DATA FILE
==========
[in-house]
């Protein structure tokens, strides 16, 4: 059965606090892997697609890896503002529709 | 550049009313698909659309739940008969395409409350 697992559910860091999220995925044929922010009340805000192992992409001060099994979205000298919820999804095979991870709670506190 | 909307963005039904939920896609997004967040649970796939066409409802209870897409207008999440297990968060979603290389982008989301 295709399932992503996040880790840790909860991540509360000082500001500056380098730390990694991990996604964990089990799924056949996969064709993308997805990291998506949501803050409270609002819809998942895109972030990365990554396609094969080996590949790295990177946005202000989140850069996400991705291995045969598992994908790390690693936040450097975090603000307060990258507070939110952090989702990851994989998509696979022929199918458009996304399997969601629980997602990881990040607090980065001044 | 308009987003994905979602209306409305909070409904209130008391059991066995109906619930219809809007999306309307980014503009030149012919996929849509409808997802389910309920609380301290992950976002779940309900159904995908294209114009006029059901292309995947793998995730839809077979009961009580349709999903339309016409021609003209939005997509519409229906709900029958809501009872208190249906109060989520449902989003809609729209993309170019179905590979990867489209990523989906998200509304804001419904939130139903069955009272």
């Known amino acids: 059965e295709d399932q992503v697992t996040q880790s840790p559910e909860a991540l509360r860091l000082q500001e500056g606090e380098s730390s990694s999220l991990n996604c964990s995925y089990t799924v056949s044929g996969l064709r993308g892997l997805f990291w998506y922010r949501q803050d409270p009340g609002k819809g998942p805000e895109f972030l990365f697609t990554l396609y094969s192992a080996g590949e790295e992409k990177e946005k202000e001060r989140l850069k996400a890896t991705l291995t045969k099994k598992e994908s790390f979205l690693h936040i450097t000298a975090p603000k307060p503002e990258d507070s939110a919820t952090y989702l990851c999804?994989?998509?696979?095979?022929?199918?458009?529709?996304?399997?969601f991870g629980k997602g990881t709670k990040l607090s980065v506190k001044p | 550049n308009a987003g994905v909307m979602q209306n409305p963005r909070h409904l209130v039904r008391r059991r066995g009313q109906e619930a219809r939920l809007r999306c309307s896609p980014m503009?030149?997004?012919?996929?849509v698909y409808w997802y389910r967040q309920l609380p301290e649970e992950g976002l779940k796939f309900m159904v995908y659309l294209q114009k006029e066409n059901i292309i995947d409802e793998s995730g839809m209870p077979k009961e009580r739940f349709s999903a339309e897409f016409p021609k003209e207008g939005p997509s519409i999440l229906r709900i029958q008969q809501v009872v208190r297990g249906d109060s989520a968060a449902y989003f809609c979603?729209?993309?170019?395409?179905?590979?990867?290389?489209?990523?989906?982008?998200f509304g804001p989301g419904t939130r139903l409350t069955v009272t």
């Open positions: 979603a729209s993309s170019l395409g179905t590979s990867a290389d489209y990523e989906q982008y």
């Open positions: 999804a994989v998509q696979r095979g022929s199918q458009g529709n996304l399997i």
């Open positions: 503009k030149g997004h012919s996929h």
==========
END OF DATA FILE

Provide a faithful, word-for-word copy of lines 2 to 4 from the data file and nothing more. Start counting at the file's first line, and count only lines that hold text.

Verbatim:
């Protein structure tokens, strides 16, 4: 059965606090892997697609890896503002529709 | 550049009313698909659309739940008969395409409350 697992559910860091999220995925044929922010009340805000192992992409001060099994979205000298919820999804095979991870709670506190 | 909307963005039904939920896609997004967040649970796939066409409802209870897409207008999440297990968060979603290389982008989301 295709399932992503996040880790840790909860991540509360000082500001500056380098730390990694991990996604964990089990799924056949996969064709993308997805990291998506949501803050409270609002819809998942895109972030990365990554396609094969080996590949790295990177946005202000989140850069996400991705291995045969598992994908790390690693936040450097975090603000307060990258507070939110952090989702990851994989998509696979022929199918458009996304399997969601629980997602990881990040607090980065001044 | 308009987003994905979602209306409305909070409904209130008391059991066995109906619930219809809007999306309307980014503009030149012919996929849509409808997802389910309920609380301290992950976002779940309900159904995908294209114009006029059901292309995947793998995730839809077979009961009580349709999903339309016409021609003209939005997509519409229906709900029958809501009872208190249906109060989520449902989003809609729209993309170019179905590979990867489209990523989906998200509304804001419904939130139903069955009272």
């Known amino acids: 059965e295709d399932q992503v697992t996040q880790s840790p559910e909860a991540l509360r860091l000082q500001e500056g606090e380098s730390s990694s999220l991990n996604c964990s995925y089990t799924v056949s044929g996969l064709r993308g892997l997805f990291w998506y922010r949501q803050d409270p009340g609002k819809g998942p805000e895109f972030l990365f697609t990554l396609y094969s192992a080996g590949e790295e992409k990177e946005k202000e001060r989140l850069k996400a890896t991705l291995t045969k099994k598992e994908s790390f979205l690693h936040i450097t000298a975090p603000k307060p503002e990258d507070s939110a919820t952090y989702l990851c999804?994989?998509?696979?095979?022929?199918?458009?529709?996304?399997?969601f991870g629980k997602g990881t709670k990040l607090s980065v506190k001044p | 550049n308009a987003g994905v909307m979602q209306n409305p963005r909070h409904l209130v039904r008391r059991r066995g009313q109906e619930a219809r939920l809007r999306c309307s896609p980014m503009?030149?997004?012919?996929?849509v698909y409808w997802y389910r967040q309920l609380p301290e649970e992950g976002l779940k796939f309900m159904v995908y659309l294209q114009k006029e066409n059901i292309i995947d409802e793998s995730g839809m209870p077979k009961e009580r739940f349709s999903a339309e897409f016409p021609k003209e207008g939005p997509s519409i999440l229906r709900i029958q008969q809501v009872v208190r297990g249906d109060s989520a968060a449902y989003f809609c979603?729209?993309?170019?395409?179905?590979?990867?290389?489209?990523?989906?982008?998200f509304g804001p989301g419904t939130r139903l409350t069955v009272t």
């Open positions: 979603a729209s993309s170019l395409g179905t590979s990867a290389d489209y990523e989906q982008y």